Subroutine 13 checks to see if each newly entered component chip has an equivalent model already loaded into RAM. If the IC model has not been used before; and is not yet in an IC Model Table, subroutine 14 will load that IC model from storage into the RAM based IC Model Table. The subroutine 15 keeps track of all schematic entered integrated circuits by means of a Chip Table that stores the integrated circuits by circuit names, and addresses of their IC models that are located in the IC Model Table.
IC MODEL TABLE______________________________________ ABSOLUTEIC TYPE SUBROUTINE ADDRESS______________________________________00 MOV al, [P1] aa1 NOT al MOV ah, al MOV al, [P2] NOT al OR al, ah MOV [P3], al32 MOV al, [P1] aa2 OR al, [P2] MOV [P3], al______________________________________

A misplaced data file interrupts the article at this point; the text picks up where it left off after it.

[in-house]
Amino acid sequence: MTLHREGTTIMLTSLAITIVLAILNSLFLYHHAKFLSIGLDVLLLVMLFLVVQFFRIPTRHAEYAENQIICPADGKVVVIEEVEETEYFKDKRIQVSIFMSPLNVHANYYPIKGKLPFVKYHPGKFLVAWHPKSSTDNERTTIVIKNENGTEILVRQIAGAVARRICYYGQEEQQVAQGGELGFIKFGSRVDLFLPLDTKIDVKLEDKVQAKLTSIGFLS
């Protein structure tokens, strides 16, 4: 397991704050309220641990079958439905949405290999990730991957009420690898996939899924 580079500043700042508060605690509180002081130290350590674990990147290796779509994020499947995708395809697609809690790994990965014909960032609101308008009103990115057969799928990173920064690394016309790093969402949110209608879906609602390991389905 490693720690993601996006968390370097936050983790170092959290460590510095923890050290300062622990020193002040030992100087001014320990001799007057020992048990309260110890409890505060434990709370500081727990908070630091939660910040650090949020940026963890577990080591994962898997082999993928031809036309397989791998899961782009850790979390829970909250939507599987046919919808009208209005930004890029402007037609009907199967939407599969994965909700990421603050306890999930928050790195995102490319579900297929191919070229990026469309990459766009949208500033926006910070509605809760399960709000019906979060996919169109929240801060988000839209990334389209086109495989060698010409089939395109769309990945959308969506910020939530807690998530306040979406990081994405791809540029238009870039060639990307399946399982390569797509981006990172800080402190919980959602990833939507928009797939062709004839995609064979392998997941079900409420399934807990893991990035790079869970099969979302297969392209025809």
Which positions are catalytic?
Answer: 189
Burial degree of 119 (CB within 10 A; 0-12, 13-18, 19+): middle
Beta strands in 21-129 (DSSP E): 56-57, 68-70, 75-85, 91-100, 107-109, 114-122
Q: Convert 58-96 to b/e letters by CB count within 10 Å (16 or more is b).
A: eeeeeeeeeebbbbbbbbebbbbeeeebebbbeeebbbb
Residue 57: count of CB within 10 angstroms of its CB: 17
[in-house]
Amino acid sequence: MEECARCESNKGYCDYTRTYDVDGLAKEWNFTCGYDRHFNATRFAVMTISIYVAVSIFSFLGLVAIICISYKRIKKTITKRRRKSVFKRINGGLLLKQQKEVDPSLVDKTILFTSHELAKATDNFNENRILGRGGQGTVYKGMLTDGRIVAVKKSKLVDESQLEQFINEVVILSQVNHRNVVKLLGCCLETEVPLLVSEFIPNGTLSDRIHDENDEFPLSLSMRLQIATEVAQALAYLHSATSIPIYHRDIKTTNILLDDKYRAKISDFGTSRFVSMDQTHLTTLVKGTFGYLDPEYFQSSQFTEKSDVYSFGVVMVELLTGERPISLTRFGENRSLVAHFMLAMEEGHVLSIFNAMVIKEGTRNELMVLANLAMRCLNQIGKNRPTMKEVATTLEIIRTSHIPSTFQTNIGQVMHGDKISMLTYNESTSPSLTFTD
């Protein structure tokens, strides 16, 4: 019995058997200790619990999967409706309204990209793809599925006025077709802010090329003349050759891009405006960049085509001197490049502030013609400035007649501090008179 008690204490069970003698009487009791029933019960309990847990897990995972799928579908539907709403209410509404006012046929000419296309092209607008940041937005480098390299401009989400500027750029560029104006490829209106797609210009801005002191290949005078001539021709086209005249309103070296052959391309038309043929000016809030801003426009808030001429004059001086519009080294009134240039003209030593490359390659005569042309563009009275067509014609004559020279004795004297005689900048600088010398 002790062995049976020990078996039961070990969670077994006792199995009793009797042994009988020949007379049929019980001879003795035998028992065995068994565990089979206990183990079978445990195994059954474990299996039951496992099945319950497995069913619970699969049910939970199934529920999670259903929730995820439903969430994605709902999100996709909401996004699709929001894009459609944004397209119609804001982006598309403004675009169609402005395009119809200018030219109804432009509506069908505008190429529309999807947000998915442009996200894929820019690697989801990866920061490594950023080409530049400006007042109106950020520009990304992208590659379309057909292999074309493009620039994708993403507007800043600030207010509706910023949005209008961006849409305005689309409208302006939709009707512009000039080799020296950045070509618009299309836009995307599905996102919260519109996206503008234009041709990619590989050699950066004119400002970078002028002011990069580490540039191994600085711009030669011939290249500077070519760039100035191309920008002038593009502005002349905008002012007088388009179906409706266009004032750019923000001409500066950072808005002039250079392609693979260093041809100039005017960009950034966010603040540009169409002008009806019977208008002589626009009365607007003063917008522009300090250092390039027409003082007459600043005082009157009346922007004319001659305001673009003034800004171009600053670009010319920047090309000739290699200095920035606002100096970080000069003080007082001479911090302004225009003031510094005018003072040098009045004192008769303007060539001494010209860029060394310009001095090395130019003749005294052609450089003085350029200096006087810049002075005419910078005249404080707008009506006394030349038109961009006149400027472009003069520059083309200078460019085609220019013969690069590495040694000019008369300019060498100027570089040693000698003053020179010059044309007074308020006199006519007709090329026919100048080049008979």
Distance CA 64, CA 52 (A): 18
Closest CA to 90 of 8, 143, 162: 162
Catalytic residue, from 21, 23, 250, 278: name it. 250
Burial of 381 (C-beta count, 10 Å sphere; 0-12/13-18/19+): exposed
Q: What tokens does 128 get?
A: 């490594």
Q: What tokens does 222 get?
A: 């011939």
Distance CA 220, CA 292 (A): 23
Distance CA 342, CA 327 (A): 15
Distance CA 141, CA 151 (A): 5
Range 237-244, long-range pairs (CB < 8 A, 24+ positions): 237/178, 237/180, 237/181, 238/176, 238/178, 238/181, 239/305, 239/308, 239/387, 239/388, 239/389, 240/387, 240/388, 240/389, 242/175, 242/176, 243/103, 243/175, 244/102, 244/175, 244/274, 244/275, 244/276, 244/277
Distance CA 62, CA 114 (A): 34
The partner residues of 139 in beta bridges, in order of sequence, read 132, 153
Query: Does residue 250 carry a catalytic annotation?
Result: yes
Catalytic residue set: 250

P1, P2, and P3 are parametric variables, replaced by call instructions with signal addresses fromthe Signal Table.
CHIP TABLE______________________________________SCHEMATIC MODEL GRAPHICSIC NAME ABSOLUTE ADDRESS DATA______________________________________IC1 aa1 XYZ1IC2 aa2 XYZ2______________________________________
The Chip Table contains the IC circuit or schematic name, (e.g. IC1), and absolute address of its chip model location in the IC Model Table. In addition, the Chip Table contains graphics information about the IC connectivity and geometrical location of the chip on the schematic, and what sections of the chip are already in use.
If the input activity, as detected by the subroutine 16, was a draw connection command, then the graphics table that contains all line drawing information is updated by software subroutine 17. The graphics table is used to create netlist data and screen drafting.